Just today I stumbled upon this post: Experimenting with Pro Tempore elections, which seems to be a chance to the ever-lasting situation of still being "beta", and all the pros (and cons?) of "graduating".
Extracting parts from it, emphasis mine (still I suggest you read it):
Last spring, I ran an election on Parenting for a new moderator pro tempore. It went pretty well, so this fall we are going to extend the program to sites that have been in "beta" for years. [...]
We're reaching out to moderator teams to see if they would be interested in participating. Priority will go to sites with the longest history or that we've identified as having an urgent need. If you are a moderator who would like to nominate your site for an election, feel free to reach out to me. The ultimate goal is to have elections for all sites. [...]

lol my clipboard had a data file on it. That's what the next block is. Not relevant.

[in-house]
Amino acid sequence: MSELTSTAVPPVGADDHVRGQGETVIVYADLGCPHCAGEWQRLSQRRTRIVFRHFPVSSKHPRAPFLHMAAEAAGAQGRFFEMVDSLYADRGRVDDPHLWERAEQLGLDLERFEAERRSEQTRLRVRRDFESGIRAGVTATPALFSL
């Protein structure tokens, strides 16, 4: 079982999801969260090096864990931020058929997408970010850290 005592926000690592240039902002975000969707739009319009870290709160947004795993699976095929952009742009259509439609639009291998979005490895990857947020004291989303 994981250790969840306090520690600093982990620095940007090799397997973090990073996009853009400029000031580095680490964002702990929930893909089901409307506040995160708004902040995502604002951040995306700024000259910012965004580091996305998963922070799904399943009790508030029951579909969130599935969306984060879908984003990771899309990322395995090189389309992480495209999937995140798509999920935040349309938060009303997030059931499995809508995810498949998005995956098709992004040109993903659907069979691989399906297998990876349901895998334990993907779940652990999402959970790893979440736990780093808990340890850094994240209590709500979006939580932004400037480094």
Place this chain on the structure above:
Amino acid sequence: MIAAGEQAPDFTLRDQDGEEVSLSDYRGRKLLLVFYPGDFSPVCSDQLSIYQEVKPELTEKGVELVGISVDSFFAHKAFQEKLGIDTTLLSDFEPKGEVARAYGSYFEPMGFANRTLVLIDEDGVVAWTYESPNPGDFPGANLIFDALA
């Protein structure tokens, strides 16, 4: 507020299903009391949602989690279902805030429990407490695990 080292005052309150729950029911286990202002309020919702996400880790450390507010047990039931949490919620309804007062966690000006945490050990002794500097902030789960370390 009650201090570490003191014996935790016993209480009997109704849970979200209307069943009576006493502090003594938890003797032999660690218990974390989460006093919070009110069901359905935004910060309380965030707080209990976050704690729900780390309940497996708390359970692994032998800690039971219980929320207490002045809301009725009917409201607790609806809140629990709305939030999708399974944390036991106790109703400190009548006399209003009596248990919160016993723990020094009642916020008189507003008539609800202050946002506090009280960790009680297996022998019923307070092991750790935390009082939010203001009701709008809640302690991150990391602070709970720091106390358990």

Current moderators will not be required to nominate themselves—they will continue as moderators unless they ask to step down. [...]
The long-term goal here is to increase democratic participation in all of our sites, break down the barriers between beta and graduated sites and eliminate one community manager task. [...]
So, with this in mind, and regarding the other things mentioned in that post, I would like to ask you what do you think about this? What pros and cons can you think of asking to be considered?
Edit: Seems that Jon clarified in a comment that:
Yes. On graduation, all moderators must stand for re-election if they wish to continue in the role. There will be
onno difference between moderators who ran for an election during beta and moderates we appoint
This changes things a bit. As I get it now, after the new pro-temp mods come about, and the site "graduates", then all mods will have to be re-elected. This makes sense because it will enable users to get a feel on each mod before "officially" (re) electing them.